But the court ultimately concluded that laches offered the clearest reason that Fluke’s damages award couldn’t stand. Laches mooted secondary meaning, accounted for FLIR’s prejudice, and allowed the court to address injunctive relief as an appropriate framework for defining Fluke’s protection, so there was no need to rule on invalidity as a matter of law/a new trial. (Hunh? FLIR’s argument, which the court makes seem well taken, is that Fluke is entitled to zero protection for “fusion” and “IR Fusion.” I don’t see how the court can avoid resolving invalidity if it's going to consider injunctive relief. Perhaps it's planning to find mootness if FLIR promises not to use "IR Fusion" again?)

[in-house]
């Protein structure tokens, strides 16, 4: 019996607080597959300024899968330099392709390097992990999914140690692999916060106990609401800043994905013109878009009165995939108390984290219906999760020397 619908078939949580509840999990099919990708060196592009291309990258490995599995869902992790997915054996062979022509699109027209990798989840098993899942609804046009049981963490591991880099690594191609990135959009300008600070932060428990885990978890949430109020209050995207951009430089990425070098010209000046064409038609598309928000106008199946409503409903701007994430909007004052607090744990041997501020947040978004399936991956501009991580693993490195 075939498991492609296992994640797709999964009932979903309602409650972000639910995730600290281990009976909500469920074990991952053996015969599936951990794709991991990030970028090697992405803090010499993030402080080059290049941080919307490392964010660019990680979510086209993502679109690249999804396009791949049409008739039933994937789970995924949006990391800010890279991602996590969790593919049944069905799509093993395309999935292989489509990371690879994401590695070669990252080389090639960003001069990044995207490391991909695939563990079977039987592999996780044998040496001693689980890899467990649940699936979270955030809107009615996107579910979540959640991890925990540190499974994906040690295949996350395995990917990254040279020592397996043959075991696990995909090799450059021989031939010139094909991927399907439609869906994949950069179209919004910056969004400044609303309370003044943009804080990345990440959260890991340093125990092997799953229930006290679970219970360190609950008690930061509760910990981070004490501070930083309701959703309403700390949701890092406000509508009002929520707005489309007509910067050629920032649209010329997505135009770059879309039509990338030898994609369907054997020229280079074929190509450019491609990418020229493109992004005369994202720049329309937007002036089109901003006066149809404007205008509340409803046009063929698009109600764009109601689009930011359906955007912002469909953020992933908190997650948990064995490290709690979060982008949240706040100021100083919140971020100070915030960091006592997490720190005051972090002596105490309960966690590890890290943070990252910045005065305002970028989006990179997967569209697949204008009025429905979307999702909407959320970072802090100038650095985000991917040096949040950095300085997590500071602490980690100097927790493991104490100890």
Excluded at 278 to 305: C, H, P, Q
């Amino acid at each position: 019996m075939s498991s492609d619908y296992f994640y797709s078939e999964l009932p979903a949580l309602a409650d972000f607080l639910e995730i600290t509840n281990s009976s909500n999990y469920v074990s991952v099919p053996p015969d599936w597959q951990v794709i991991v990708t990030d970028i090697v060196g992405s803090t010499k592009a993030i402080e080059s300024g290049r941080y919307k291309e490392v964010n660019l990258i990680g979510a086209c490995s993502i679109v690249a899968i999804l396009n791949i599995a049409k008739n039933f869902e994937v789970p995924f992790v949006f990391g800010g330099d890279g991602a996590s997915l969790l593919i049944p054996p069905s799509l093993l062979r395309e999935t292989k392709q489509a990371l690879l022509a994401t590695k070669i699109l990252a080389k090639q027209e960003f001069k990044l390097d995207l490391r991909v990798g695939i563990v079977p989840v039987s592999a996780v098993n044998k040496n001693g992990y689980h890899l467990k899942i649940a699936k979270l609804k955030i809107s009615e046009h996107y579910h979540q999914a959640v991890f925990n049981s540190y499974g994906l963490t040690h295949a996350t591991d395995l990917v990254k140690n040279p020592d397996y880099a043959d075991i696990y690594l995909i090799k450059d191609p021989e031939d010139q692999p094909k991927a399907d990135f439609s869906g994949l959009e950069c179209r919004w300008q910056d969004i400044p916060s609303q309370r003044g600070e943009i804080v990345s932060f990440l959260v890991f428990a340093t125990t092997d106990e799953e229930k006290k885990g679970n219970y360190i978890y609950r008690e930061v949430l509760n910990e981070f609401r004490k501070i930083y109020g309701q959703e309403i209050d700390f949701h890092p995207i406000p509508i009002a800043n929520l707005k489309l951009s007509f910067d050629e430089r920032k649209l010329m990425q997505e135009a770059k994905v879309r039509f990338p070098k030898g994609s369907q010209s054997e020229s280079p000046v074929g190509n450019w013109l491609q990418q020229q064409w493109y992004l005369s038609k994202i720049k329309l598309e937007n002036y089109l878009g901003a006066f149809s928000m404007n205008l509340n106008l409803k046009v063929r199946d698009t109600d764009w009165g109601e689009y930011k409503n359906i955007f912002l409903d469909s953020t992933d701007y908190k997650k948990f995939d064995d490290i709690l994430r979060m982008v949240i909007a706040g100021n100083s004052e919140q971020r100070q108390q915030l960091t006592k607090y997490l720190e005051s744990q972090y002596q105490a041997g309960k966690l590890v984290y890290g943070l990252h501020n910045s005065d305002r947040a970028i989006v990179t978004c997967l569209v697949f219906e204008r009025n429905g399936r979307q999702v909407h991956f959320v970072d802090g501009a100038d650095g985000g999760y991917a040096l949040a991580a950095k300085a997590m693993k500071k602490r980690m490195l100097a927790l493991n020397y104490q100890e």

Finally, the jury found false advertising in two FLIR ads. FLIR argued that Fluke didn’t show the scope of the use of the ads and that FLIR had ceased all use of the ads and instituted controls to prevent their further use. Voluntary cessation moots the need for a permanent injunction, if the cessation is “irrefutably demonstrated and total.” The court found it to be so here.